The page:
Organogenesis

To regenerate plantlets in vitro, two methods are exploited: organogenesis (direct and indirect) and embryogenesis (direct or indirect). Considering the goal (e.g., heredity or genetic transformation) of the study conducted, the first method is much more advisable because it allows evasion of genetic variations. Regarding cabbage, there are reports on its regeneration by direct (Gambhir and Srivastava 2015; Gambhir et al. 2017a) and indirect organogenesis (Munshi et al. 2007; Dănăilă-Guidea et al. 2012; Gerszberg et al. 2015; Ertac and Tuncer 2016) as well as by somatic embryogenesis pathway (Pavlovic et al. 2013). It should be emphasized that, although somatic embryogenesis is successfully exploited in a wide range of different species, it has been seldom notified in Brassicas. The literature data clearly indicate that the effectiveness of regeneration is significantly correlated with the genotype and the type of explant (Klima et al. 2004; Munshi et al. 2007; Krzyżanowska et al. 2006; Dănăilă-Guidea et al. 2012; Gerszberg et al. 2015). It turned out that there were cultivars recalcitrant to regeneration under the applied conditions (Dănăilă-Guidea et al. 2012; Gerszberg et al. 2015). Additionally, it was noticed that the quantity of callus produced from explants did not positively correlate with the subsequent shoot induction. Moreover, the cotyledon explants produced much smaller callus amount and this process was slower in comparison to the hypocotyl explants (Gerszberg et al. 2015).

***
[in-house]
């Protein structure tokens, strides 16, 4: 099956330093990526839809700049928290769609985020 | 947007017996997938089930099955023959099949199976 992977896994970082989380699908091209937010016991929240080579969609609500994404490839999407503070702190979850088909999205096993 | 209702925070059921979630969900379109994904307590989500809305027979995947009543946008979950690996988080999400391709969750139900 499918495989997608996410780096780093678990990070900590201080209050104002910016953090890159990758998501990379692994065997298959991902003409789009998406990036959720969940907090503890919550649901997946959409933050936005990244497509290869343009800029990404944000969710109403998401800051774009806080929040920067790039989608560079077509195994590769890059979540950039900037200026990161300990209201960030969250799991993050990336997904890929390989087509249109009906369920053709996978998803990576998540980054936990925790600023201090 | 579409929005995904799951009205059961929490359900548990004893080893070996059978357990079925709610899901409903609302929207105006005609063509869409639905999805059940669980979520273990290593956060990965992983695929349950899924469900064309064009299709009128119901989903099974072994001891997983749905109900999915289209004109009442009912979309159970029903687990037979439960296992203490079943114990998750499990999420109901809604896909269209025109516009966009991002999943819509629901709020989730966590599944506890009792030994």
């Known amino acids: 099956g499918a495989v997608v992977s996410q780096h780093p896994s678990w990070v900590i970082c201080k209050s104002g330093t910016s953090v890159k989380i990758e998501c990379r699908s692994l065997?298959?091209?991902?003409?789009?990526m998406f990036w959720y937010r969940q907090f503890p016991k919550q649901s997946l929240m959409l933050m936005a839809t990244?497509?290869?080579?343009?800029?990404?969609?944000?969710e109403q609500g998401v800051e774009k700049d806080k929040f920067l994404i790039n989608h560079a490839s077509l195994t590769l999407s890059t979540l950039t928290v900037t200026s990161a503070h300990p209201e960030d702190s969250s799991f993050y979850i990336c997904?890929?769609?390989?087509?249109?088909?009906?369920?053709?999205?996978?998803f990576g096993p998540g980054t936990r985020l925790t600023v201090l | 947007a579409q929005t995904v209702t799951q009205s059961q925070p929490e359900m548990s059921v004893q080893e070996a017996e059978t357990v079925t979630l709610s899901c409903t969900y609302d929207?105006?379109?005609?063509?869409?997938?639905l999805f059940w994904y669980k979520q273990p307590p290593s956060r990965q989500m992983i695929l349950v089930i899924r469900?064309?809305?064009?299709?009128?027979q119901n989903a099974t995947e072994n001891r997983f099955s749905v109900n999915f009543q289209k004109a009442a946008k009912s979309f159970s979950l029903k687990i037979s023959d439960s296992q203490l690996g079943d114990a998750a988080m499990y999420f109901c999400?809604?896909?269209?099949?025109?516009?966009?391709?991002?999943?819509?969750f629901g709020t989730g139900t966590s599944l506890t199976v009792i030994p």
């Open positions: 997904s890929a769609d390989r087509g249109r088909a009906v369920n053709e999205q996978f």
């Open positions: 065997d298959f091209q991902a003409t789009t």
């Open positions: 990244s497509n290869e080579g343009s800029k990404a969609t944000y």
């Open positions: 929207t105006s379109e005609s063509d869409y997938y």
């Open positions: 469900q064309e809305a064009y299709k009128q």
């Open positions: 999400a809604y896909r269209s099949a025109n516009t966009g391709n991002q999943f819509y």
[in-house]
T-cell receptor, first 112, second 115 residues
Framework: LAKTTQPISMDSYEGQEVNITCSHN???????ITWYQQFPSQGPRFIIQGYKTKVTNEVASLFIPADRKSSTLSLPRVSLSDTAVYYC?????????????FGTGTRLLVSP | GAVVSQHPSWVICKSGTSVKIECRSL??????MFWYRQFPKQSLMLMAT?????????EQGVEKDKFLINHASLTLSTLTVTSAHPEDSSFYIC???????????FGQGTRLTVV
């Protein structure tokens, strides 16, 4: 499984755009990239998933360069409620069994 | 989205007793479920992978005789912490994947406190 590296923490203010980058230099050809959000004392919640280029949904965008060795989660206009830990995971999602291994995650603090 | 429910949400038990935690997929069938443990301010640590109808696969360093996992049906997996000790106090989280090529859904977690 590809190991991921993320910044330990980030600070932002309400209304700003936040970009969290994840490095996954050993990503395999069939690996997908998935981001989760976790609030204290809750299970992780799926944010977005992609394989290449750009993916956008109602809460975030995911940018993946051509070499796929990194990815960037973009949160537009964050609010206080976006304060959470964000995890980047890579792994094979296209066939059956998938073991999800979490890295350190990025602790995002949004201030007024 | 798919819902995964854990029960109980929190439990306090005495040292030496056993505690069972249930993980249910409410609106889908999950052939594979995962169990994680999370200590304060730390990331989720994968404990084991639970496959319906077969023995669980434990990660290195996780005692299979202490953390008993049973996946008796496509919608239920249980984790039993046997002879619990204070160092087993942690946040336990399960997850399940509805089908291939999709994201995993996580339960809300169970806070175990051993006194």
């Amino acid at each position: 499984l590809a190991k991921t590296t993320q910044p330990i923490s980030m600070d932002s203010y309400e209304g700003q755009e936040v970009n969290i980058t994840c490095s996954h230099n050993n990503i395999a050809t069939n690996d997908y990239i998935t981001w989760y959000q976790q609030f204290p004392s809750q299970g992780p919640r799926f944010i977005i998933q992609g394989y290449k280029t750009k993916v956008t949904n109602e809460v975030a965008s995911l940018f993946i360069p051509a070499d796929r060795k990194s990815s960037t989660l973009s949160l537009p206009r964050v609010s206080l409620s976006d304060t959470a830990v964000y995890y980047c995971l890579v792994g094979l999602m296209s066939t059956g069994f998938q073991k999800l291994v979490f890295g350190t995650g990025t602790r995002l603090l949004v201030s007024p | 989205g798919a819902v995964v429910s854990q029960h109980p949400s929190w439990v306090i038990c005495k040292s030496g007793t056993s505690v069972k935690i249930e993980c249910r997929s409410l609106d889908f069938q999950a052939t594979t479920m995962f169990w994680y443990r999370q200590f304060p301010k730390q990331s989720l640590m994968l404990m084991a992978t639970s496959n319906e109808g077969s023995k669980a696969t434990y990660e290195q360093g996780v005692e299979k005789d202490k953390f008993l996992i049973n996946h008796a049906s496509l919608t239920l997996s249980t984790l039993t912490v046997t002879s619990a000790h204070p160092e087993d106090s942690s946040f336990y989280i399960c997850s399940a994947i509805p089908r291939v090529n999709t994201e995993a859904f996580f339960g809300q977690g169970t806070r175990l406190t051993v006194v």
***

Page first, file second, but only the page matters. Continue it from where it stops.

Rooting is the last step of plant regeneration in vitro. It depends on many factors including the medium composition, PGRs types and concentrations, as well as the physiological status of plantlets. Different variants of MS or ½ MS medium with or without various types and concentrations of auxin (e.g., IBA, IAA, NAA or 2,4-D), were successfully used to induce cabbage rooting process (Munshi et al. 2007; Sharma et al. 2014; Ravanfar et al. 2014; Qamar et al. 2014; Ertac and Tuncer 2016; Gambhir et al. 2017a). According to some researchers, the best rooting results are obtained using PGR-free medium (Ravanfar et al. 2014). On the other hand, others achieved better results when using MS supplemented with small concentrations of auxins (ranging from 0.1 to 0.5 mg/L) (Munshi et al. 2007; Sharma et al. 2014; Gerszberg et al. 2015; Gambhir et al. 2017a). Thus, additives, even at small concentrations, significantly intensified the process of rooting, while their higher concentrations affected root morphologies (Pavlovic et al. 2010; Gerszberg et al. 2015). Furthermore, Sharma et al. (2014) pointed out that the rooting process depended on the type of auxin, its concentration as well as the plantlet from which the explant came from. Munshi et al. (2007), similar to Sharma et al. (2014), achieved the best rooting results exploiting IBA. Certainly, 2,4-D proved to be the least effective in rooting, which caused the formation of callus at the base of the regenerated plantlets (Munshi et al. 2007). Similar effects were obtained in the case of elevated NAA (5.2–8.0 µM) concentrations (Gerszberg et al. 2015). Pavlovic et al.’s (2010) research indicated that in the case of cabbage, the type of auxin and its concentration in the rooting medium sugar concentration are also important.